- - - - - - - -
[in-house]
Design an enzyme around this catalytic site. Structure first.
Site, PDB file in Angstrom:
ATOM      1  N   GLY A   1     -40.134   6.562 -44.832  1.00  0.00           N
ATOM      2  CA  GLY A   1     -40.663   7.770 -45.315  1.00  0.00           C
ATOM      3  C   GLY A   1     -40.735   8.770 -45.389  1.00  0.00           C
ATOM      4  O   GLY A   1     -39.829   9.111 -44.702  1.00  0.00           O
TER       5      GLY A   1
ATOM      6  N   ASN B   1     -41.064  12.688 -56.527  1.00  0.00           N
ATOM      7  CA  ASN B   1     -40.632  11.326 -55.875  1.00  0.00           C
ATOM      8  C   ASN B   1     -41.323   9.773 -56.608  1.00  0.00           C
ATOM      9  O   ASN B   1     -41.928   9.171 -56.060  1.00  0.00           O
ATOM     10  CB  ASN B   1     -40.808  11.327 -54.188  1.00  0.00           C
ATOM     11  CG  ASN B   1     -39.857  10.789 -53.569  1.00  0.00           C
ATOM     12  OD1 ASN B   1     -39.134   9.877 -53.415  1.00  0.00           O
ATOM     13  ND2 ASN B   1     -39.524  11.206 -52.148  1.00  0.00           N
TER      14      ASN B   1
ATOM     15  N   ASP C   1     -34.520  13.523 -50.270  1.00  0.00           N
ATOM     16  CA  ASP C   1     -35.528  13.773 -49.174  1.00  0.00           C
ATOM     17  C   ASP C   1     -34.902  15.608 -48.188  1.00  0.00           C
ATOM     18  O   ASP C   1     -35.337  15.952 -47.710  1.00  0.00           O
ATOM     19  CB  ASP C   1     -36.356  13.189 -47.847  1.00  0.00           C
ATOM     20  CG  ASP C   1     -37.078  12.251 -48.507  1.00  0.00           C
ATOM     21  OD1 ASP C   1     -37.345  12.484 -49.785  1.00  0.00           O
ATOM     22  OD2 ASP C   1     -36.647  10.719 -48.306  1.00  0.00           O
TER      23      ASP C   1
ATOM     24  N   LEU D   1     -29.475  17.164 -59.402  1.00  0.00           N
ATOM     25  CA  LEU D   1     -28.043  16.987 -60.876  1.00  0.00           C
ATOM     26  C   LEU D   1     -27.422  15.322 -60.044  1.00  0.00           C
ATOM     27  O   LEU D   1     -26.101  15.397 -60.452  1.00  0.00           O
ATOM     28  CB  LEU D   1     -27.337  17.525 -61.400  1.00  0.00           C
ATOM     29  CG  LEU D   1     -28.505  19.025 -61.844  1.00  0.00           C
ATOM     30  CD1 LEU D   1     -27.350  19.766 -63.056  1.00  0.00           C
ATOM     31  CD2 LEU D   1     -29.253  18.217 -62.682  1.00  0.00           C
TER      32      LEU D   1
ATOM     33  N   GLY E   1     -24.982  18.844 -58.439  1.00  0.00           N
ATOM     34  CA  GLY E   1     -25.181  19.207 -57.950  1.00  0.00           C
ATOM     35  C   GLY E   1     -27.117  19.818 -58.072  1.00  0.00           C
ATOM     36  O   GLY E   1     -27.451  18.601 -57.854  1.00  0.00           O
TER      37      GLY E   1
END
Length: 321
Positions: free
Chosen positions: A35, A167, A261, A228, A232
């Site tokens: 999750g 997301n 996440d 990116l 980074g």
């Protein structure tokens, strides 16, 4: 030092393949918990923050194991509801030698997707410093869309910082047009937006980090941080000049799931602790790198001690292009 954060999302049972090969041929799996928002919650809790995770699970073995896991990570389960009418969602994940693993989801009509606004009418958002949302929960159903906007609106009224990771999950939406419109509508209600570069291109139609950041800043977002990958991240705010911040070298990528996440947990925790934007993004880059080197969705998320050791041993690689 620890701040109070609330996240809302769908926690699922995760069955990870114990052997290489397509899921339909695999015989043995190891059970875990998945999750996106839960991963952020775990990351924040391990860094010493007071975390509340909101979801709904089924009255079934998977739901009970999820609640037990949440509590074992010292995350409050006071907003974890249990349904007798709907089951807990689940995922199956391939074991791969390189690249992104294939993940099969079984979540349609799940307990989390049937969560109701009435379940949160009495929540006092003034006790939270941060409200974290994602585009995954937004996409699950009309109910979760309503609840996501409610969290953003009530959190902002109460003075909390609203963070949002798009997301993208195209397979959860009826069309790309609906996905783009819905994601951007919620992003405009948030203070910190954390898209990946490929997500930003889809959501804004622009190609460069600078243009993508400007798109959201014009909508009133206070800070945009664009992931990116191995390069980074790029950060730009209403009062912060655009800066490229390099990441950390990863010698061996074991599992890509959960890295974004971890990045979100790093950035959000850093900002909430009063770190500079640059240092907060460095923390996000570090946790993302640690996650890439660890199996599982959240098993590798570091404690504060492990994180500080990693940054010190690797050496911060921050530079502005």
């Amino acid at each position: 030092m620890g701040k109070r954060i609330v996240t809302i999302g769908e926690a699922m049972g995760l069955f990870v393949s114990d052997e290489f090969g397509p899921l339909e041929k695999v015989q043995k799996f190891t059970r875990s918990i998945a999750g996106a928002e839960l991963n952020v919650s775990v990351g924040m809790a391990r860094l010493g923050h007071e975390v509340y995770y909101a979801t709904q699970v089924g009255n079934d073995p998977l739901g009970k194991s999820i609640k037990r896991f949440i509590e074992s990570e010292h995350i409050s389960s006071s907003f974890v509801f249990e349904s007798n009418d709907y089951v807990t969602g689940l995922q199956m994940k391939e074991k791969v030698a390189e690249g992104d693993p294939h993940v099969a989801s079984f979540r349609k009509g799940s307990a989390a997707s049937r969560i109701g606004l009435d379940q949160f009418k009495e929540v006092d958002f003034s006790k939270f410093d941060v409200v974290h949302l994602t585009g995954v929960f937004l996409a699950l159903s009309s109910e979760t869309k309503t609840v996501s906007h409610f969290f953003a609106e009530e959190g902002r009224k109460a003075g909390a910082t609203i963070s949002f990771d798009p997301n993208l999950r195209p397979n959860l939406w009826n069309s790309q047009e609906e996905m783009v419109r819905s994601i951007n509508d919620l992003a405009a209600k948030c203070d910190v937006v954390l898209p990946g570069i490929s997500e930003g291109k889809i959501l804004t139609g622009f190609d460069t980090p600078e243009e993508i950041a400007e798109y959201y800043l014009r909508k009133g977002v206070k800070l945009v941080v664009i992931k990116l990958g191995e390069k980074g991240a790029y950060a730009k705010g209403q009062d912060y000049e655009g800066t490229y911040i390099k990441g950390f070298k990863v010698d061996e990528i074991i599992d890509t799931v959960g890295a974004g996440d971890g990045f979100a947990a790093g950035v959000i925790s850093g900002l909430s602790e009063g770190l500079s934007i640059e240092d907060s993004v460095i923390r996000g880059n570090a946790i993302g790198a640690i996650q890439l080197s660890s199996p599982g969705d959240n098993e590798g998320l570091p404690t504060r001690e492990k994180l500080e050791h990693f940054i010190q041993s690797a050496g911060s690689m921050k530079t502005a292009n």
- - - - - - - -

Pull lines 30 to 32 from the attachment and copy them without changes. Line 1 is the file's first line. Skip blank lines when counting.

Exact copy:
ATOM     27  O   LEU D   1     -26.101  15.397 -60.452  1.00  0.00           O
ATOM     28  CB  LEU D   1     -27.337  17.525 -61.400  1.00  0.00           C
ATOM     29  CG  LEU D   1     -28.505  19.025 -61.844  1.00  0.00           C